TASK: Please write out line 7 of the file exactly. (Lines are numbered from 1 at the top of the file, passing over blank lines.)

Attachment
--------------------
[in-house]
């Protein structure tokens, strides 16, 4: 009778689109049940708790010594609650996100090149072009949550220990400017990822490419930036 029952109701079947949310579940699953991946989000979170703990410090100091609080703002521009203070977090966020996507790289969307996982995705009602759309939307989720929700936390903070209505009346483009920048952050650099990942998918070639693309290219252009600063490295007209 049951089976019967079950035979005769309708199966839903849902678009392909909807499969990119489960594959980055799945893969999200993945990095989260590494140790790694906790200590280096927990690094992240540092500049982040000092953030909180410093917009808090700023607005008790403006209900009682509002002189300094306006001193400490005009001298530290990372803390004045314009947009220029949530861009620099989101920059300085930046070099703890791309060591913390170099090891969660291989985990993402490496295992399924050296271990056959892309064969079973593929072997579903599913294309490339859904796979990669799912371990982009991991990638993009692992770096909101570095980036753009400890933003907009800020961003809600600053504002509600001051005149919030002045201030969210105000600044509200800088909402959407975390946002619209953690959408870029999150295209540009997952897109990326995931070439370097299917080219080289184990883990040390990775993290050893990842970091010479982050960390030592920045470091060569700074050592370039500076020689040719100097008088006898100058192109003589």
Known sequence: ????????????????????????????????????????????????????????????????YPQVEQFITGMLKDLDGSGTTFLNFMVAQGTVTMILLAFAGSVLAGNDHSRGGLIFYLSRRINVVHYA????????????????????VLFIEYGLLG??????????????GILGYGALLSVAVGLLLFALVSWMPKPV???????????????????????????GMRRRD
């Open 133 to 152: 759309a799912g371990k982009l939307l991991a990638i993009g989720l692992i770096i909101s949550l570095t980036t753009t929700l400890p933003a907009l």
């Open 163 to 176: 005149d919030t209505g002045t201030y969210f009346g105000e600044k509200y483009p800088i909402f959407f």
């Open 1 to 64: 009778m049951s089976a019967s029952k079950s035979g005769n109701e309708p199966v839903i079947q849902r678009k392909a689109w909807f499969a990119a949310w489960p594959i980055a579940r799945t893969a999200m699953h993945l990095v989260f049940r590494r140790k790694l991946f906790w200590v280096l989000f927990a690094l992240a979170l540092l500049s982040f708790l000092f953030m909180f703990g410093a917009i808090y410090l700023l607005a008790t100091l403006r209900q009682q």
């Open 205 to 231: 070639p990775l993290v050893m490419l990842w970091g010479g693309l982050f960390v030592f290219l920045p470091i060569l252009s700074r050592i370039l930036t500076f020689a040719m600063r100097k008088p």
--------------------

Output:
């Open 205 to 231: 070639p990775l993290v050893m490419l990842w970091g010479g693309l982050f960390v030592f290219l920045p470091i060569l252009s700074r050592i370039l930036t500076f020689a040719m600063r100097k008088p």